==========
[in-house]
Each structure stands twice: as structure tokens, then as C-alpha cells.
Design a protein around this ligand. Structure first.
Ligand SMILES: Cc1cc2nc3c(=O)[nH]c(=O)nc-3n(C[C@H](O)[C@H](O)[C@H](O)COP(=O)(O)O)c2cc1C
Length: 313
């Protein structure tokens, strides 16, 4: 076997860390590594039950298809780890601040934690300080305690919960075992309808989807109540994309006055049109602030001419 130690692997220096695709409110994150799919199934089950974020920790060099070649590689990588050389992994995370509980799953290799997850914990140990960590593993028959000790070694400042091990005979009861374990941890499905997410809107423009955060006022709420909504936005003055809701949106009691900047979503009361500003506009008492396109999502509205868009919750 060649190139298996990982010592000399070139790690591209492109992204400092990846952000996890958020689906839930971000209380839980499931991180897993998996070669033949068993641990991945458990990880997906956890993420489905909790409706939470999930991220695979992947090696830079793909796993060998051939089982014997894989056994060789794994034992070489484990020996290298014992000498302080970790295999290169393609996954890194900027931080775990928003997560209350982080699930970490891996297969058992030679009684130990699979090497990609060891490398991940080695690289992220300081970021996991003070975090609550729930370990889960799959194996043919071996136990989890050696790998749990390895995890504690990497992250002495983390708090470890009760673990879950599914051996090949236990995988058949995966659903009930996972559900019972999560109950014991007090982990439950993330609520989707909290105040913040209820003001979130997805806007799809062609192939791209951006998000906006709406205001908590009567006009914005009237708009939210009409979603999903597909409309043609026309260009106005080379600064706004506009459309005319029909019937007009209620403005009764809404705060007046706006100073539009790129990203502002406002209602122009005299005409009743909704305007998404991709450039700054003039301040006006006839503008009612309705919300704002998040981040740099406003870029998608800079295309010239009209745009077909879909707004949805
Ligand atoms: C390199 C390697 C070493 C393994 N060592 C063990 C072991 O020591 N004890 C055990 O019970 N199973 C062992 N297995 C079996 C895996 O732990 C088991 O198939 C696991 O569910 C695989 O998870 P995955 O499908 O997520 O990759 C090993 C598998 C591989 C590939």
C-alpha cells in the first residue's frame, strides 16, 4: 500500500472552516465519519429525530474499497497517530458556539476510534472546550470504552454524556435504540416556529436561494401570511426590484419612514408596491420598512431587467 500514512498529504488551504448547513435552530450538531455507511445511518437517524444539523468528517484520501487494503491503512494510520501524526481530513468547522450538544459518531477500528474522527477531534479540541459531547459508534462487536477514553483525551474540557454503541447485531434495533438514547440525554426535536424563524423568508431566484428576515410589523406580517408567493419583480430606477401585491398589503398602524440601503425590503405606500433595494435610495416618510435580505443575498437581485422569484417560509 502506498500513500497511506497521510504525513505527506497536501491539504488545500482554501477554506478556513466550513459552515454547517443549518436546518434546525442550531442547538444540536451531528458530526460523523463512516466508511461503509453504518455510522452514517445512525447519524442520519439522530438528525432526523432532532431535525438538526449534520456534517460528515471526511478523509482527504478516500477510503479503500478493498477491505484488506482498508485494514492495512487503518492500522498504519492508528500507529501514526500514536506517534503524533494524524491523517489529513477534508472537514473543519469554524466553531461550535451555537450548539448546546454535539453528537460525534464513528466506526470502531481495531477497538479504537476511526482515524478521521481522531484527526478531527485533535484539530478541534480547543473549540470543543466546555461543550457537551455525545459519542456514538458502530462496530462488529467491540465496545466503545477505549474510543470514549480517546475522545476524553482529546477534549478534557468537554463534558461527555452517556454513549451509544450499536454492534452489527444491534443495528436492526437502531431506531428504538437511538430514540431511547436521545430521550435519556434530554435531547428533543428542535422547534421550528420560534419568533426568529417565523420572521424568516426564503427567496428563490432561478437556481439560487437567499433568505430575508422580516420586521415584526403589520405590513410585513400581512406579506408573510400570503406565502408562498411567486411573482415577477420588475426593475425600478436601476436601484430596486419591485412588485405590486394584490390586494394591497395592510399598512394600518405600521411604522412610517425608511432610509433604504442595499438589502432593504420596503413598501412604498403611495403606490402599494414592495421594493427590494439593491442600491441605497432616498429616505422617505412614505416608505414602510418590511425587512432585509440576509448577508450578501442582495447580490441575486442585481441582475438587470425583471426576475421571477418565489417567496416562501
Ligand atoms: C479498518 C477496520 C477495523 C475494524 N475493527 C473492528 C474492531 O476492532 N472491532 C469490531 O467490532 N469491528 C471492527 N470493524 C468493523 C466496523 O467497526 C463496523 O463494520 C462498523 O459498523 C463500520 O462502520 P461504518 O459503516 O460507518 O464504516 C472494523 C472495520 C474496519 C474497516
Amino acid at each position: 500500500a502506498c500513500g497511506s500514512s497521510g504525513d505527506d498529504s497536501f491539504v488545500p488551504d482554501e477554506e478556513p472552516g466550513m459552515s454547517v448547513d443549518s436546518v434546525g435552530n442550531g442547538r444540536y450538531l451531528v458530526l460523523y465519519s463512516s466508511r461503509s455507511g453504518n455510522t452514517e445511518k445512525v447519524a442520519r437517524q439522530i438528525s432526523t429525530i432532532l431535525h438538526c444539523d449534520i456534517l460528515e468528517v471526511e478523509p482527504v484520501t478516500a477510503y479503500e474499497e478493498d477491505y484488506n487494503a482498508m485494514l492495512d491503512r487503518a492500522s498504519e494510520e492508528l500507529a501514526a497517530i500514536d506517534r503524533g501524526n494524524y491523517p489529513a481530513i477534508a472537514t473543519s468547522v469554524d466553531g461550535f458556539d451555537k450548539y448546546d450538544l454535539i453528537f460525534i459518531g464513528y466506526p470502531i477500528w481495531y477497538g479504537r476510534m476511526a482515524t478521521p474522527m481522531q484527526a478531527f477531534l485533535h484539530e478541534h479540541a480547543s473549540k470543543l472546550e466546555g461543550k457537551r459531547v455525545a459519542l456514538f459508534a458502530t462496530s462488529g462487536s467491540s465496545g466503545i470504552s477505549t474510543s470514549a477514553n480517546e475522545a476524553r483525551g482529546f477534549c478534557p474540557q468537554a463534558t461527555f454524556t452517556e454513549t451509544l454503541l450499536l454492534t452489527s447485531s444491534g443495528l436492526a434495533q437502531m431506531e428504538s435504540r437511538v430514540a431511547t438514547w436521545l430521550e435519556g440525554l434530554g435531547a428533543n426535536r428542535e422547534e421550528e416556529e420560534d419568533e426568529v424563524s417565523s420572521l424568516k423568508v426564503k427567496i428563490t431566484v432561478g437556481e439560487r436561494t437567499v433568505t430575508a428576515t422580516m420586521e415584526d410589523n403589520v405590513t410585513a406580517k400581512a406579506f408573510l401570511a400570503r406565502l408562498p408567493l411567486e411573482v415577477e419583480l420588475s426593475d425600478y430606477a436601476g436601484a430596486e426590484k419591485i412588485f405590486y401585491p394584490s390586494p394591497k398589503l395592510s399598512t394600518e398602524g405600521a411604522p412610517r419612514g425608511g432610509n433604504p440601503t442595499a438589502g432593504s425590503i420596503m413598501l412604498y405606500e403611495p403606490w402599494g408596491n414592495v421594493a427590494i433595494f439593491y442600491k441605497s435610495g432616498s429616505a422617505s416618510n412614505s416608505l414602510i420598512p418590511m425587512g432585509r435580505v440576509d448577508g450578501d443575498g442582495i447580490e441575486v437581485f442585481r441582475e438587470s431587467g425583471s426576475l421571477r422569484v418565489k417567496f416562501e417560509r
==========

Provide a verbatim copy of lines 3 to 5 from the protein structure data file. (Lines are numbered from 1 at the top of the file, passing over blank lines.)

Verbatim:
Design a protein around this ligand. Structure first.
Ligand SMILES: Cc1cc2nc3c(=O)[nH]c(=O)nc-3n(C[C@H](O)[C@H](O)[C@H](O)COP(=O)(O)O)c2cc1C
Length: 313